GBJames is subscribing to the thread, without commenting.

  5. Christopher
    Posted February 20, 2018 at 2:47 pm | Permalink

    and here I was stressing myself out because I am having a great deal of trouble making my meager mortgage, car, and student loan payments…yet, I can still talk to my family, who accept me (mostly) for being an atheist, and I’ve never been kidnapped by religious goons who try to “cure” me. It does put things into perspective.

    My first thought after realizing how lucky I am, in spite of it all was, honestly, “if he needs a place to stay…” even this redneck crap-hole town is better than a religious conversion camp!

  6. Diana MacPherson
    Posted February 20, 2018 at 2:50 pm | Permalink

    Thank goodness EXMNA got him out! Good thing he knew to contact them as well. Awful that he has lost his whole family like that. That is really rough for him.

  7. Ken Kukec
    Posted February 20, 2018 at 3:17 pm | Permalink

    Jesus Christ, short of physically or sexually abusing a child themselves, I can’t think of anything worse for parents to do to a child than to punish the child, or to disown the child, for being who and what the child is.

  8. loren russell
    Posted February 20, 2018 at 3:25 pm | Permalink

    Of course, ‘visiting the relatives’ is a means of inflicting female ‘circumcision’ Or a surprise wedding.

  9. claudia baker
    Posted February 20, 2018 at 4:10 pm | Permalink

    Also going to donate. Thanks PCC for bringing our attention to Olad’s story.

  10. Posted February 20, 2018 at 5:28 pm | Permalink

    It is conceivable that Olad’s family were unaware of the horrors they were consigning him to. If so, reconciliation may yet be possible. But I’d advise against accepting invitations to visit

  11. Posted February 20, 2018 at 6:39 pm | Permalink

    Just donated, and posted about it on FB. Thanks for the publicity on this.

  12. Heather Hastie
    Posted February 20, 2018 at 7:04 pm | Permalink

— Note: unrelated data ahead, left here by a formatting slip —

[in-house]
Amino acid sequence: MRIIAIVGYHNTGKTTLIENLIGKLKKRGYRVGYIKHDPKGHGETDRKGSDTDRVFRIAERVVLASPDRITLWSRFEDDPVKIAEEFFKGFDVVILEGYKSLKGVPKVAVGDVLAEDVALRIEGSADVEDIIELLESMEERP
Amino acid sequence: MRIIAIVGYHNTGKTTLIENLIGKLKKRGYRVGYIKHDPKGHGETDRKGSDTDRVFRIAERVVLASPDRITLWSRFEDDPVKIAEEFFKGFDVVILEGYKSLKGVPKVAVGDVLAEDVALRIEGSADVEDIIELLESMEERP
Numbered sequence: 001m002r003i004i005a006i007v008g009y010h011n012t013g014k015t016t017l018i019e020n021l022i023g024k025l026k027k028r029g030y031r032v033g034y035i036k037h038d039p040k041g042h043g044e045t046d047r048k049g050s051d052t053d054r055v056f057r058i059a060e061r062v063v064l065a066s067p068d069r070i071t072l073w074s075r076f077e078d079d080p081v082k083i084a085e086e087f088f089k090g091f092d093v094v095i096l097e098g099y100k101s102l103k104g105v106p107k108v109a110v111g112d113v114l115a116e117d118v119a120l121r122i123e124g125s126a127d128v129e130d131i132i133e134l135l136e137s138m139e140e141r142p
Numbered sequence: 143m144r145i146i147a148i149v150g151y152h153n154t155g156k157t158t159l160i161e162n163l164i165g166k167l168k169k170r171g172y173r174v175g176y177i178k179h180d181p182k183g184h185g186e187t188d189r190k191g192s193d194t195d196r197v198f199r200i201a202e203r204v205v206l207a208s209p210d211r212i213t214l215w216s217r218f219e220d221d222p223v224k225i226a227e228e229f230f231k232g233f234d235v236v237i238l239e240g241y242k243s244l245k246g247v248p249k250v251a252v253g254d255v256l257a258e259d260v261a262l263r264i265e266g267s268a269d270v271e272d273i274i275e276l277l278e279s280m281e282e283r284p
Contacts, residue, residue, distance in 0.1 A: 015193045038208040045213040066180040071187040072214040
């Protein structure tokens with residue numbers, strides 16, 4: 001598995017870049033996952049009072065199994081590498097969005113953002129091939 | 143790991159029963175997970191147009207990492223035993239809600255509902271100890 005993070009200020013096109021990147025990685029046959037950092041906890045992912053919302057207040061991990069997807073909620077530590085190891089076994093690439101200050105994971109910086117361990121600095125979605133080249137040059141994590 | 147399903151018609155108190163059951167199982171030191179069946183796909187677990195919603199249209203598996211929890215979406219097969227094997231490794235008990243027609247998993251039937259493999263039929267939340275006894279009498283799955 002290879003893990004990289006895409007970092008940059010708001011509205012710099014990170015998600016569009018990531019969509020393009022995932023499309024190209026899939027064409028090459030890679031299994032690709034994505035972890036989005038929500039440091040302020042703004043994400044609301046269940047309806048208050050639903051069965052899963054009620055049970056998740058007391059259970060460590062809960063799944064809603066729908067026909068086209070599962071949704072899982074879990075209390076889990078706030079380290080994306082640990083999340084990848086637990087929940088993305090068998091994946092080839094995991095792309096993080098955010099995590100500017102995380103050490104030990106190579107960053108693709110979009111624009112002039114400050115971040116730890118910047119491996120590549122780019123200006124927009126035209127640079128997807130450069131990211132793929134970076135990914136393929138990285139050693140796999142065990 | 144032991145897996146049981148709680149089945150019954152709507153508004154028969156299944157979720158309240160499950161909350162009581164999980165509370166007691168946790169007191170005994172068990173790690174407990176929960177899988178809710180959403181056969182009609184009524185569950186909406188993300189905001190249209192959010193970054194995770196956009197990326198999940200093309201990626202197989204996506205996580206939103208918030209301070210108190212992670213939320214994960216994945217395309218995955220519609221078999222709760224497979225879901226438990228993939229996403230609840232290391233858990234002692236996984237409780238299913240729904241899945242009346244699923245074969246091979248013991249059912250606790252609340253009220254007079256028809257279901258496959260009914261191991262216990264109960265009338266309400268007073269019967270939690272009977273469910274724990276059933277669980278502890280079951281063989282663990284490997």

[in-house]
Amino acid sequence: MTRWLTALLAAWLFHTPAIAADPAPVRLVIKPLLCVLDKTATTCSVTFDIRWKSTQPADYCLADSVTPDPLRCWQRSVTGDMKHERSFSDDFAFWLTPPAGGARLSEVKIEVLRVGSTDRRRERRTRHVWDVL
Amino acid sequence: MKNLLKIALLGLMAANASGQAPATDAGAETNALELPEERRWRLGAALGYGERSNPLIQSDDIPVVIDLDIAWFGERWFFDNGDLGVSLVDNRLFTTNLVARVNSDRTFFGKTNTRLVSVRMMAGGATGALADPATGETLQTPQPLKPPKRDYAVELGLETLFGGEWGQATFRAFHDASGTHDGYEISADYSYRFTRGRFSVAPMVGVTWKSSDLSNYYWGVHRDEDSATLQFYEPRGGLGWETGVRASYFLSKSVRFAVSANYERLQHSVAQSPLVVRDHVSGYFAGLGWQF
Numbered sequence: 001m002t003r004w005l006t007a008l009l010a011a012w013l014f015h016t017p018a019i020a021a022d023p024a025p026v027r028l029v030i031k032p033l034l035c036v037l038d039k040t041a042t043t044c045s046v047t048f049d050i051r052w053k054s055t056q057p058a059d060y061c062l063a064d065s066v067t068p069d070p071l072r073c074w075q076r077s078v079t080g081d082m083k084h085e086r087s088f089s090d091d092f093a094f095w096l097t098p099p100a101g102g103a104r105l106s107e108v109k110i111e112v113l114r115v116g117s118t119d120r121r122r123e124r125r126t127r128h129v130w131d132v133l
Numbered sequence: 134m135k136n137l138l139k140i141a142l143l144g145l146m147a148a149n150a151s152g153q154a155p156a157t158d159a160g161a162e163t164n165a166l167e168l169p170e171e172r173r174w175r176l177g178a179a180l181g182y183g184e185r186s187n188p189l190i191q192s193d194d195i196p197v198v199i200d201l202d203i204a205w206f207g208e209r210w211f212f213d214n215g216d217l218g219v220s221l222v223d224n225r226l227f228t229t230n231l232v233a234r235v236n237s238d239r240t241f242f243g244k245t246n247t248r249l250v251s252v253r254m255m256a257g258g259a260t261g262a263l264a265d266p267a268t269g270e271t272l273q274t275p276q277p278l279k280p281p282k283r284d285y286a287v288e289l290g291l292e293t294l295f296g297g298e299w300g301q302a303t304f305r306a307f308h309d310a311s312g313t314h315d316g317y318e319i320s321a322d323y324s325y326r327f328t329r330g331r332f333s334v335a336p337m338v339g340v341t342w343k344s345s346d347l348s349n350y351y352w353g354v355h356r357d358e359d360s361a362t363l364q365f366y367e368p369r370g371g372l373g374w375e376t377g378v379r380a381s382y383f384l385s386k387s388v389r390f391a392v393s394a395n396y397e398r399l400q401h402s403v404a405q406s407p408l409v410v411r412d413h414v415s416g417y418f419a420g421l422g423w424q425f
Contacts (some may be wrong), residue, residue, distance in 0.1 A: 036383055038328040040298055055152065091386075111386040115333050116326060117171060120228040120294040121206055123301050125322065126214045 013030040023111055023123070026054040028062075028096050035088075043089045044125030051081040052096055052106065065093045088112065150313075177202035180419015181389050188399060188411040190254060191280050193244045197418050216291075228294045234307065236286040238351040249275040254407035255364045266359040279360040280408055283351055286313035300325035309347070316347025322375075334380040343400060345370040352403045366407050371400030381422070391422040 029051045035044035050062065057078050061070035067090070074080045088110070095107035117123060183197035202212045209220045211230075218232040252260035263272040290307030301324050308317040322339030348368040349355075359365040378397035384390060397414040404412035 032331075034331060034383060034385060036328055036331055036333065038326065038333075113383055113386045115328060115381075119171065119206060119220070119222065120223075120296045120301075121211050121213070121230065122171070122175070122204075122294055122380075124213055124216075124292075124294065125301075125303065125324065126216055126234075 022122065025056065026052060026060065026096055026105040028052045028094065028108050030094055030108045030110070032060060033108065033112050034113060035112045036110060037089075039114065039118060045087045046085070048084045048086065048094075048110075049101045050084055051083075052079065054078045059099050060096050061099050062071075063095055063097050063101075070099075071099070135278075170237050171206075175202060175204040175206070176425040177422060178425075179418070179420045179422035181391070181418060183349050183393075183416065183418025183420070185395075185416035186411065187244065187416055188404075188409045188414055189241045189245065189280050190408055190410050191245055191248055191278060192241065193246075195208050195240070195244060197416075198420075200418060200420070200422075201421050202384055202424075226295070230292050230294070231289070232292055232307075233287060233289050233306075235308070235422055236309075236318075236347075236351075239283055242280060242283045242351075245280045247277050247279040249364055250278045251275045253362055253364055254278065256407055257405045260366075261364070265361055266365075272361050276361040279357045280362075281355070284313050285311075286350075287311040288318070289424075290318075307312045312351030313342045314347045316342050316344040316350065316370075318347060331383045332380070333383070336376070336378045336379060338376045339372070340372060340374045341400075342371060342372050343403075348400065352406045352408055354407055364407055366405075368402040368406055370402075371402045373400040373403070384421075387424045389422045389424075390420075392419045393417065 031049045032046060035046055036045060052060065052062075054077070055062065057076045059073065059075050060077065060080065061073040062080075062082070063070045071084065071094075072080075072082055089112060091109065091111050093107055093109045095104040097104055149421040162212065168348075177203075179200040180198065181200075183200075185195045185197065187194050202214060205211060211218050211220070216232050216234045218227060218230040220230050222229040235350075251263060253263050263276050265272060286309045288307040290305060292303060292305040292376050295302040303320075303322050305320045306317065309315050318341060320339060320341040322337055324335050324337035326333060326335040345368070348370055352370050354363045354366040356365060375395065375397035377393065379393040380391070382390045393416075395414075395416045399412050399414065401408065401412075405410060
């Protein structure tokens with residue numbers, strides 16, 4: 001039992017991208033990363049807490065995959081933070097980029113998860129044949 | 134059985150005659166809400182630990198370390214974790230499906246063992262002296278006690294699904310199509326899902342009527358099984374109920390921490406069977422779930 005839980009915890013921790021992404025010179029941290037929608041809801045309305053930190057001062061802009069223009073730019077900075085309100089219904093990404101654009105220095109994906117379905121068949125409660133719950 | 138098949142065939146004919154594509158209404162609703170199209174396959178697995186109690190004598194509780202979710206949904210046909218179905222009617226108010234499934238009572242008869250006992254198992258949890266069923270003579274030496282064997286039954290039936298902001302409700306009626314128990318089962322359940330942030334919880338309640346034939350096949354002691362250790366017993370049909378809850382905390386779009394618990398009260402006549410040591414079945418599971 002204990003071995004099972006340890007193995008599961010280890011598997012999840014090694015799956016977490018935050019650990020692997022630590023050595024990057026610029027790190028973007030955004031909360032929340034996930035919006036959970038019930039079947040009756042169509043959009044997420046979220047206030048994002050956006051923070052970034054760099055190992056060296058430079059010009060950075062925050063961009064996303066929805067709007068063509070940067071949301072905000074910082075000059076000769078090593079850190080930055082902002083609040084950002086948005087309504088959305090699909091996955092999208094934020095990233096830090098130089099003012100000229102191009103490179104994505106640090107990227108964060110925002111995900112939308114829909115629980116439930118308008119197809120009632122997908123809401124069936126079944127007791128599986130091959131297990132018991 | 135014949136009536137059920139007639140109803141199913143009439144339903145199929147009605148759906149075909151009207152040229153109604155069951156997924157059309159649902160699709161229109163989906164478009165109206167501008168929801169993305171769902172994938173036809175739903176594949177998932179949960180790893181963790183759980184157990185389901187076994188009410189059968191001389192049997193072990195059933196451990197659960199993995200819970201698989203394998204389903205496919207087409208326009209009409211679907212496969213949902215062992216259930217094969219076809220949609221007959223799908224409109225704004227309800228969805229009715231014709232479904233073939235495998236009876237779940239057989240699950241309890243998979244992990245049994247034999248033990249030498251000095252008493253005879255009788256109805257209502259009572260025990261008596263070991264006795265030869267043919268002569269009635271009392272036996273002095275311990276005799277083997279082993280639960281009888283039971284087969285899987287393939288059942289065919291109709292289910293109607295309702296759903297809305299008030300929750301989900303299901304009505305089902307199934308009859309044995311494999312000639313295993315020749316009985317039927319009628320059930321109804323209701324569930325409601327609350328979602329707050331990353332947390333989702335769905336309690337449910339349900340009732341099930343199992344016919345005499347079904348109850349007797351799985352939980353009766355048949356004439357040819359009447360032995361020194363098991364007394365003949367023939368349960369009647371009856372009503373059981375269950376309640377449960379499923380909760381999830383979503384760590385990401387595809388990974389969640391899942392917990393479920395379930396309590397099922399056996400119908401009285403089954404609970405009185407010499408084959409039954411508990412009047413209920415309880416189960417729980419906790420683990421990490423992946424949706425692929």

Poor guy. He’s still just a kid and he’s already had to go through so much. Religion truly poisons everything. Mahad is the same person he was before they knew he was a gay atheist, and it’s so sad that their love for him could be damaged because of religious beliefs.

    • rickflick
      Posted February 20, 2018 at 8:14 pm | Permalink

      I remember Christopher Hitchens was criticized for that statement – religion poisons everything – but I have become more and more appreciative as the tragedies unfold.

      • GBJames
        Posted February 21, 2018 at 7:40 am | Permalink

        It is a great phrase and I use it often. Much to the annoyance of my Mormon colleague. 😉

    • bundorgarden
      Posted February 21, 2018 at 4:46 am | Permalink

      I certainly sympathise with him (being gay myself). But I dont think someone who is 19 is still just a kid!

      • GBJames
        Posted February 21, 2018 at 7:42 am | Permalink

        Well, that depends at least a bit on how old you are!

      • Heather Hastie
        Posted February 21, 2018 at 1:35 pm | Permalink

        He certainly shows a maturity way beyond his years. And when I was 19, I certainly didn’t think I was a kid, and I don’t treat 19 year olds as kids. In fact I don’t treat kids as kids, within reason. But when you’re a woman who’s of a “certain age”, your maternity genes tend to kick in when you see anyone (or anything for that matter) who’s had a rough time emotionally. It’s not patronizing, just being caring.

    • Simon
      Posted February 21, 2018 at 4:52 am | Permalink

      They would probably say that it is their love for him that made them do it. It would make sense too. The the fate of his soul would transcend all other considerations and to fail to act would condemn him for eternity. This is what belief can do to people. It doesn’t make them hateful, it turns their good intentions toward destructive acts.

      • Posted February 21, 2018 at 10:31 am | Permalink

        Exactly. The family went to all this trouble because they love him.

        Sad how religion can pervert love.

      • Heather Hastie
        Posted February 21, 2018 at 1:37 pm | Permalink

        That’s pretty much what I was saying (badly).

  13. Posted February 20, 2018 at 10:44 pm | Permalink

    I think there was something in the Bible about loving Jesus more than your family or something?

  14. danstarfish
    Posted February 21, 2018 at 1:57 am | Permalink

    Wow what a story. I’m glad EXMNA was able to help him get out of there.

  15. Posted February 21, 2018 at 11:54 am | Permalink

    How horrible, but heartening that he has gotten some help.